By Keith Coffman
DENVER (Reuters) - An intruder shot to death at the home of a Colorado prosecutor amid a recent flurry of ambush killings of law enforcement officials turned out to be a random prowler who was high on drugs and claiming to be an "archangel of Jesus," authorities said on Thursday.
A special prosecutor's review of the April 1 shooting concluded that Grand County Deputy District Attorney Heather Stein and her husband, sheriff's Lieutenant John Stein, acted in self-defense when they fired on the stranger, later identified as 32-year-old Joshua Stevens.
The incident in Hot Sulphur Springs, 95 miles northwest of Denver, occurred two weeks after the head of the Colorado prison system was gunned down at his home, and two days after the district attorney of Kaufman County in Texas was found shot to death with his wife.
Another Kaufman County prosecutor had been murdered in January, and a West Virginia sheriff was slain while eating lunch in his patrol car two days after the intrusion at the Steins' home.
The cluster of fatal attacks had police on alert that perhaps law enforcement officials were being targeted.
But the Colorado Bureau of Investigation, which conducted the probe of the Hot Sulphur Springs case, said the Steins did not know Stevens, who was from Michigan and had been in Colorado for a short time.
Other aspects of the case further suggested that the intrusion into the Steins' home was a random act.
Stevens was found to have had amphetamine, methamphetamine, cannabis and oxycodone in his system at the time of his death, according to the special prosecutor, Jefferson County District Attorney Pete Weir.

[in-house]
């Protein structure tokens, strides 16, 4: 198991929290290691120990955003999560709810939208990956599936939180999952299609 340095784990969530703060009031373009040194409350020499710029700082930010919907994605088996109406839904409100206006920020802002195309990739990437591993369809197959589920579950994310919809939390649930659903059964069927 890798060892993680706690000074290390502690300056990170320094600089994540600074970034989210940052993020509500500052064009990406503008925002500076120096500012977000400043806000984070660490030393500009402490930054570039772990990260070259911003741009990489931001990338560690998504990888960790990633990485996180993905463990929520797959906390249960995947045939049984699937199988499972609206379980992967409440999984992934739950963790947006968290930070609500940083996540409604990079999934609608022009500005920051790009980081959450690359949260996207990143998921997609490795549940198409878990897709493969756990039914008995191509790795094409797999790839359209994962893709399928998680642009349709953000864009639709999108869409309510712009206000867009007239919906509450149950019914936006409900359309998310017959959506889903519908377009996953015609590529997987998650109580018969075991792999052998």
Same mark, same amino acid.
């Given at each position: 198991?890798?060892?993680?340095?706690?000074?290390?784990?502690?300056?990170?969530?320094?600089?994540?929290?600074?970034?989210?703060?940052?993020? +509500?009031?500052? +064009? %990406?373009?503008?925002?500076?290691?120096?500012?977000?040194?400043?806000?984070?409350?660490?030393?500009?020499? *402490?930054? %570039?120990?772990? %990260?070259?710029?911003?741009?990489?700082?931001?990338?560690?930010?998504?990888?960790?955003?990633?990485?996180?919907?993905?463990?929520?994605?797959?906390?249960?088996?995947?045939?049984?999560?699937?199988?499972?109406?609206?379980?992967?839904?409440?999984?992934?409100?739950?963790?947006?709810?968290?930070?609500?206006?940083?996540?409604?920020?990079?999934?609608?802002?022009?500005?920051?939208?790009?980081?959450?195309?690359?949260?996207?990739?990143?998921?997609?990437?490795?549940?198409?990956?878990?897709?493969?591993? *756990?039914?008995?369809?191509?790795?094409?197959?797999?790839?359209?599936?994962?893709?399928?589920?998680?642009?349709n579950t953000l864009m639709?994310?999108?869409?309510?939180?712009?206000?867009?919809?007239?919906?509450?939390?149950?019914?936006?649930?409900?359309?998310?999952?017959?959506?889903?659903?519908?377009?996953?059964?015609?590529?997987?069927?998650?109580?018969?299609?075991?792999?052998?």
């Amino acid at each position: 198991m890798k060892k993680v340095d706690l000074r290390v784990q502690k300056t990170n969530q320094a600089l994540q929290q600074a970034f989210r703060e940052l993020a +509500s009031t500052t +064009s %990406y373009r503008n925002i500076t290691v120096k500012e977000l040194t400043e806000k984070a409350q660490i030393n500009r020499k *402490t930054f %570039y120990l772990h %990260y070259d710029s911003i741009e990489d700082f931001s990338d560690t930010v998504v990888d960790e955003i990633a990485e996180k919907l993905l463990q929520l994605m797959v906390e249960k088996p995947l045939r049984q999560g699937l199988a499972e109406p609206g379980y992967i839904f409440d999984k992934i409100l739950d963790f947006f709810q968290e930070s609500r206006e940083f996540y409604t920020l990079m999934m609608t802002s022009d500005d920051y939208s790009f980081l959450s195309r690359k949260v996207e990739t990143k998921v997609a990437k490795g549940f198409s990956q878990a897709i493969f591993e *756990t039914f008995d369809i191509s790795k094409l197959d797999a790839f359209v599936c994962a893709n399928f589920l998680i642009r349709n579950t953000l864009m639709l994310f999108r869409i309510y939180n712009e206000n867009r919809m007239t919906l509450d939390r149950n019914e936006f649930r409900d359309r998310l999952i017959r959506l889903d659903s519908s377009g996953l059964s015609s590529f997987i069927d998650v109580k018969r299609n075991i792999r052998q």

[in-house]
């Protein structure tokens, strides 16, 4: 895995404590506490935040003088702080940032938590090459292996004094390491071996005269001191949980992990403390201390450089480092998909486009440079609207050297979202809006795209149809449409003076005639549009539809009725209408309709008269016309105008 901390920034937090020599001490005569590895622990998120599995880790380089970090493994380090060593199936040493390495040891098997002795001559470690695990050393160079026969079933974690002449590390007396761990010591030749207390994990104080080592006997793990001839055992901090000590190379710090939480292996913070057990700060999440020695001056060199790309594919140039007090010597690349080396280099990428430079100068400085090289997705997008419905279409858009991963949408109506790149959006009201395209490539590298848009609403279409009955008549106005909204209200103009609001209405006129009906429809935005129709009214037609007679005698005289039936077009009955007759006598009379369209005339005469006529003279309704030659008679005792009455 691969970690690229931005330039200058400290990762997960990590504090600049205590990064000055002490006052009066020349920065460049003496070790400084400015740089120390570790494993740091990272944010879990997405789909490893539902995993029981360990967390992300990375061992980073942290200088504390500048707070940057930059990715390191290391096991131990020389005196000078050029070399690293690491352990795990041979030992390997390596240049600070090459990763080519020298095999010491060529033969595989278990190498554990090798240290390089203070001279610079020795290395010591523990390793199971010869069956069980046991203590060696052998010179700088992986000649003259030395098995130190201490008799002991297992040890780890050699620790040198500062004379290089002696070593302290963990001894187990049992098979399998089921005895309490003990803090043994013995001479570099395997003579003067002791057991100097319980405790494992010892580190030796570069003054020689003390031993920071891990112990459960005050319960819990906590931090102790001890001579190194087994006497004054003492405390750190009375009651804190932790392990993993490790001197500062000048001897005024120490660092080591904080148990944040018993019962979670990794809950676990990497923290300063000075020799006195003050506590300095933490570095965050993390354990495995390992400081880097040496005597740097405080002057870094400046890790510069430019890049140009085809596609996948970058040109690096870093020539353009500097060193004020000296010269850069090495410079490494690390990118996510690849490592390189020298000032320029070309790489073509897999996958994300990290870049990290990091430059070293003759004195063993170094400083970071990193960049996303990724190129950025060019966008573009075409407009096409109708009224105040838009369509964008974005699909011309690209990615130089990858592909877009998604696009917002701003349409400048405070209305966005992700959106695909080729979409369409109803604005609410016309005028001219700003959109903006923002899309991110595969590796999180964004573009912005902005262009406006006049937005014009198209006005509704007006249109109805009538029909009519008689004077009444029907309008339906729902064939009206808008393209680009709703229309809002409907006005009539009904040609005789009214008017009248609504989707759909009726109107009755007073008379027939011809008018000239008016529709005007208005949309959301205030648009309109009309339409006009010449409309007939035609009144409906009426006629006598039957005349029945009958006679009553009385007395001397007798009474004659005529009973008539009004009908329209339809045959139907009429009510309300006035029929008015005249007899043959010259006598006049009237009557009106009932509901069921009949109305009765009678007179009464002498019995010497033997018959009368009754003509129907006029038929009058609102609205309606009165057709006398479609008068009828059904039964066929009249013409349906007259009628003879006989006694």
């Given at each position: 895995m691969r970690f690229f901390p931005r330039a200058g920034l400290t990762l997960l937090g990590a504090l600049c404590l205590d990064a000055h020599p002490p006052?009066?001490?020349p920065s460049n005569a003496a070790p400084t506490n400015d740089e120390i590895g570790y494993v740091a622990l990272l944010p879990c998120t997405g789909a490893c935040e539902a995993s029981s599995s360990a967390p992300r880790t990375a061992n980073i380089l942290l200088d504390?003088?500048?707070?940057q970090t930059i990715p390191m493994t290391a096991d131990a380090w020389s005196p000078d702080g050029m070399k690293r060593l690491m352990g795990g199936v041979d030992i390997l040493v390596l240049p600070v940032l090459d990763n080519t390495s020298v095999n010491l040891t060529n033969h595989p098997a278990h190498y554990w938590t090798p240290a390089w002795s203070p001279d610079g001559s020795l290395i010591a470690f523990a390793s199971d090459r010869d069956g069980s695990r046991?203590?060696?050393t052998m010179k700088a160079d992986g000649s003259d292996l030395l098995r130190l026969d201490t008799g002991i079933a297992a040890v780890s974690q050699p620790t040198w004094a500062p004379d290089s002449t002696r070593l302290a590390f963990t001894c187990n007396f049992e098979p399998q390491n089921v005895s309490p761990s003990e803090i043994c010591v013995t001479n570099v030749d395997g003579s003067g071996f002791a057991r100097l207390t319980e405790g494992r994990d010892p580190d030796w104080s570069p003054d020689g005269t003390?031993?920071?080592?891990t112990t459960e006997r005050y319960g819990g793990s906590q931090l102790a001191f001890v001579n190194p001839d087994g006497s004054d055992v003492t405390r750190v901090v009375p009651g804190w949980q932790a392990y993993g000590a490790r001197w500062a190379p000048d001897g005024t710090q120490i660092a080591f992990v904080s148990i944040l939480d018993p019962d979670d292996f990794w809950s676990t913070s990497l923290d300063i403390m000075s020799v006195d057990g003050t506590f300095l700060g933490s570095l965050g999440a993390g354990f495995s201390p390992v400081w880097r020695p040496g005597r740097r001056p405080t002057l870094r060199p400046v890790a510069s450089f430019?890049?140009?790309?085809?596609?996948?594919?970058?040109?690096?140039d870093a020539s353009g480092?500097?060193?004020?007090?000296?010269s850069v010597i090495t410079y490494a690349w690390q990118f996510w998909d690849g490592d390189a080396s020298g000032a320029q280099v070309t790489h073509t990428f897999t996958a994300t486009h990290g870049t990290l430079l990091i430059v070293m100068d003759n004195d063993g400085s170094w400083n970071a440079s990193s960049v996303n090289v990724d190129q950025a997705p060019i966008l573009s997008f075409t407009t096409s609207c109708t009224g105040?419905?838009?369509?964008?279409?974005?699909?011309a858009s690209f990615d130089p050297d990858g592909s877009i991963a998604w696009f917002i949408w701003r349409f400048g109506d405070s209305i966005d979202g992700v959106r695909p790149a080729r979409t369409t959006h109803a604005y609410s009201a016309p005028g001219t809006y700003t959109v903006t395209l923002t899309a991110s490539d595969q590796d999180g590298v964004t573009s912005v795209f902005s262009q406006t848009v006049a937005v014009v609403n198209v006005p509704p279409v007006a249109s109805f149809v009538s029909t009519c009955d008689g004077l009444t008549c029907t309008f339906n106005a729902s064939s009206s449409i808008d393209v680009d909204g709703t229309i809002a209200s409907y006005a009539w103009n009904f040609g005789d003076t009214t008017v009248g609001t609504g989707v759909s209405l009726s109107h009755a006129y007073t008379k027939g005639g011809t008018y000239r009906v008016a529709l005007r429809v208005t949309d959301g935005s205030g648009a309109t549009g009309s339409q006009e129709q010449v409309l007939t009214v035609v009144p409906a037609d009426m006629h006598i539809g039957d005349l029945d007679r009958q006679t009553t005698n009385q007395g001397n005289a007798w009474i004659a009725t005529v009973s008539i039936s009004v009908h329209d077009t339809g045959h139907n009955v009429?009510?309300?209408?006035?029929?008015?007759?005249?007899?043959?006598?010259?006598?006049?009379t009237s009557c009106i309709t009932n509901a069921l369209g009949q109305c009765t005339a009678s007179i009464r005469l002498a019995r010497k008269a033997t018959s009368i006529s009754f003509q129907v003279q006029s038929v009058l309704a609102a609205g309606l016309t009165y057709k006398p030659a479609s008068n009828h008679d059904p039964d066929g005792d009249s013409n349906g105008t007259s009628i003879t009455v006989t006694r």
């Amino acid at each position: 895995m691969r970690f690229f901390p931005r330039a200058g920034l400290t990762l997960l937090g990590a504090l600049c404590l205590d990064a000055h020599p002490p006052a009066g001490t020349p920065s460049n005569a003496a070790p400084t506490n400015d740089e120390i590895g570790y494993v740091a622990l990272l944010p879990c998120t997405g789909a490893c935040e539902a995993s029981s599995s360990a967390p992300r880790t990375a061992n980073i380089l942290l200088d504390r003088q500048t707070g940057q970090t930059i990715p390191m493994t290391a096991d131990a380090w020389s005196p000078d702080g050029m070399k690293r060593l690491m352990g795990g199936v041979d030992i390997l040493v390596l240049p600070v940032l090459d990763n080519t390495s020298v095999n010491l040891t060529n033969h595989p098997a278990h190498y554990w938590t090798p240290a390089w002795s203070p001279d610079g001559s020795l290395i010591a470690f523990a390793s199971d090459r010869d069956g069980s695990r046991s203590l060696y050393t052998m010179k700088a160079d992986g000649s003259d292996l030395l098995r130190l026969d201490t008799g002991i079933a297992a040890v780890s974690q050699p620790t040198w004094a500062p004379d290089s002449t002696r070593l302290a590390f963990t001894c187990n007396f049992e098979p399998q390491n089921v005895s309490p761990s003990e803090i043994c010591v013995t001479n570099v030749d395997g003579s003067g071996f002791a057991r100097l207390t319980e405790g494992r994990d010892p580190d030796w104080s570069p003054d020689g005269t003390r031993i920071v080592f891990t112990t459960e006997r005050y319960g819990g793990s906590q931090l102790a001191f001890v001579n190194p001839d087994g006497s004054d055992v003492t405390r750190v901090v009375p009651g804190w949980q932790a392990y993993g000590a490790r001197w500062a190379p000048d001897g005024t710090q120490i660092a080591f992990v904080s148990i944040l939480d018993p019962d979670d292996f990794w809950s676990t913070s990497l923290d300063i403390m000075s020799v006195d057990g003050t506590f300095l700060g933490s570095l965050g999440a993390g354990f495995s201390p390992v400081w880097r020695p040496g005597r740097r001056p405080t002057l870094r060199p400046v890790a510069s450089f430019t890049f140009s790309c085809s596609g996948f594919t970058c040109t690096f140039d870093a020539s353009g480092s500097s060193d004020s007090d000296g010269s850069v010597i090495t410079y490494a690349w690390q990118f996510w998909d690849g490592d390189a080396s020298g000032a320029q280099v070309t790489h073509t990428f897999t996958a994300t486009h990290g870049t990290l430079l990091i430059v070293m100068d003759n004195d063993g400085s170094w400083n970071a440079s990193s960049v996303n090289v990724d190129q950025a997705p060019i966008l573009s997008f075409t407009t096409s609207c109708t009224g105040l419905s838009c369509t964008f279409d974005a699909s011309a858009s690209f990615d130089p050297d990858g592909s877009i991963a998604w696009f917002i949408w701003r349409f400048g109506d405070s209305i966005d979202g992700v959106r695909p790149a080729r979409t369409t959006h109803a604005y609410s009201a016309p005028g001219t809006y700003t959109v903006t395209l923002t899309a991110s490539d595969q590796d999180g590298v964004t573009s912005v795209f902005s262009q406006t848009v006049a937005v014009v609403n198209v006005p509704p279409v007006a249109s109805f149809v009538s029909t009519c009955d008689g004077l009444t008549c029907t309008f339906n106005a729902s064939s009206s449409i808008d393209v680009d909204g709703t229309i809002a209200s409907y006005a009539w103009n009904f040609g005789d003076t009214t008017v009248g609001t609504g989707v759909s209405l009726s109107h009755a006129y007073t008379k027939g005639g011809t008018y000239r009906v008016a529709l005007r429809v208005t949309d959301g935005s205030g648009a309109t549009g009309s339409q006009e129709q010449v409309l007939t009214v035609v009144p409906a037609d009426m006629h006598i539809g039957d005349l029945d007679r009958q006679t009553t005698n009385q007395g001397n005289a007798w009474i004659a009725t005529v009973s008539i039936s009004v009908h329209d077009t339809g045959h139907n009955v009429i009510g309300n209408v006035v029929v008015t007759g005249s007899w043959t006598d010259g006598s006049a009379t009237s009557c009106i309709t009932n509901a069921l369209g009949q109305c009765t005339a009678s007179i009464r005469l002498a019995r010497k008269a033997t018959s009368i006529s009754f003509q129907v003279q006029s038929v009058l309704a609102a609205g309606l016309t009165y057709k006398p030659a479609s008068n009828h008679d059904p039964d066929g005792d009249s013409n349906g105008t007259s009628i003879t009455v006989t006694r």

A neighbor who was across the street from the Stein's home reported overhearing violent yelling from the house before seeing the stranger coming toward her, saying he was "the archangel of Jesus" and that he was on a mission, the report said.
The husband also told authorities that the intruder declared, "I'm the archangel. I'm here to take care of it," after forcing his way into the home shortly before midnight.
The couple had been home asleep with their four children when Stevens began pounding on their door, "yelling and behaving erratically," police said.
The two men struggled inside the house before the confrontation spilled outside, ending with Stevens being shot four times by the prosecutor and her spouse as he and the husband wrestled for the officer's service revolver.
The fatal gunshot was fired by John Stein, the coroner's report concluded.
(Editing by Steve Gorman, Cynthia Johnston and David Gregorio)